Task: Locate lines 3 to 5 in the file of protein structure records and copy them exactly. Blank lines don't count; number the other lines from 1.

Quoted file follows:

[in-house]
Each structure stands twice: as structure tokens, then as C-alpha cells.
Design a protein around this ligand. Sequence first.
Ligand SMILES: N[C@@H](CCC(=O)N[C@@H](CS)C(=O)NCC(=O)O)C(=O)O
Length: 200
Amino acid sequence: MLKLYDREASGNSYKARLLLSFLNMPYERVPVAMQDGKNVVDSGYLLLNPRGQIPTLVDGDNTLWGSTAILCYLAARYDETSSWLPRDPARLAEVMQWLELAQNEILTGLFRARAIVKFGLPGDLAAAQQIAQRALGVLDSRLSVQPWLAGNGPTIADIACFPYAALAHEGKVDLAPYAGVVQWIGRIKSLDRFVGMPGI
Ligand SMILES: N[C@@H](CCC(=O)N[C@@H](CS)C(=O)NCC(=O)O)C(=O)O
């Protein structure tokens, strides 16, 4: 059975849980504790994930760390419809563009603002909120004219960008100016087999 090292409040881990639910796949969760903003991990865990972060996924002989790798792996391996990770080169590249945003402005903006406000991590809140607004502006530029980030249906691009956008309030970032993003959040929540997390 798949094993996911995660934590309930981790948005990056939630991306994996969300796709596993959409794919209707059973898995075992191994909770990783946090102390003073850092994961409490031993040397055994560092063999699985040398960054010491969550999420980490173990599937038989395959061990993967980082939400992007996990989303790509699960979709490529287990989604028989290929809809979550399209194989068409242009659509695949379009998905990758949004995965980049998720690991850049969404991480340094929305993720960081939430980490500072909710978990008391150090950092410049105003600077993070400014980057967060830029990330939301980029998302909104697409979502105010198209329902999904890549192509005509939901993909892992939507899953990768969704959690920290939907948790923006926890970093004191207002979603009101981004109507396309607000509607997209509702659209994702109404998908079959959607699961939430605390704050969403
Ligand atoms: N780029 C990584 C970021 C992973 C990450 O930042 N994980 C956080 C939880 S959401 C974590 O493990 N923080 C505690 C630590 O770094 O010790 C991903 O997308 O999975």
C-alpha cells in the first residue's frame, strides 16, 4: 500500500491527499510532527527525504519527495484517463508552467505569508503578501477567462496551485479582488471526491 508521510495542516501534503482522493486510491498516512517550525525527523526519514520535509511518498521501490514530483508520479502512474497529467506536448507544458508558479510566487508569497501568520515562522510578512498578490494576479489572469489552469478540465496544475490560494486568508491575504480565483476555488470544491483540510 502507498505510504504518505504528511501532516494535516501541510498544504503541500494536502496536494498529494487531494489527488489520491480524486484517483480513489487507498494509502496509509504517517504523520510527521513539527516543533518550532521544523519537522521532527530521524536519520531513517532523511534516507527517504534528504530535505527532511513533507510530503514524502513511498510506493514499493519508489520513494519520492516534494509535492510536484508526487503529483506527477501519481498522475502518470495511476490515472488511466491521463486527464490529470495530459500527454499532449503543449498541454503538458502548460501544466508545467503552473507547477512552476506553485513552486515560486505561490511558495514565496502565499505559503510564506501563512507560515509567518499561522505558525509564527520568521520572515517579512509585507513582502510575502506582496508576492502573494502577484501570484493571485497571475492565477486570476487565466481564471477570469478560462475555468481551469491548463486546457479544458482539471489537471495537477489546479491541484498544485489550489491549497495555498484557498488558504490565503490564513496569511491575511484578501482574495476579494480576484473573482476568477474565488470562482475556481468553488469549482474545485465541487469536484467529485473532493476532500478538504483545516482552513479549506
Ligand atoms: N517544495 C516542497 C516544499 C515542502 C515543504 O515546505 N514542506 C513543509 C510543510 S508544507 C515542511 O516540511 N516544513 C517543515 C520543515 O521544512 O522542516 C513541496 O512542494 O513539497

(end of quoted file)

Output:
Design a protein around this ligand. Sequence first.
Ligand SMILES: N[C@@H](CCC(=O)N[C@@H](CS)C(=O)NCC(=O)O)C(=O)O
Length: 200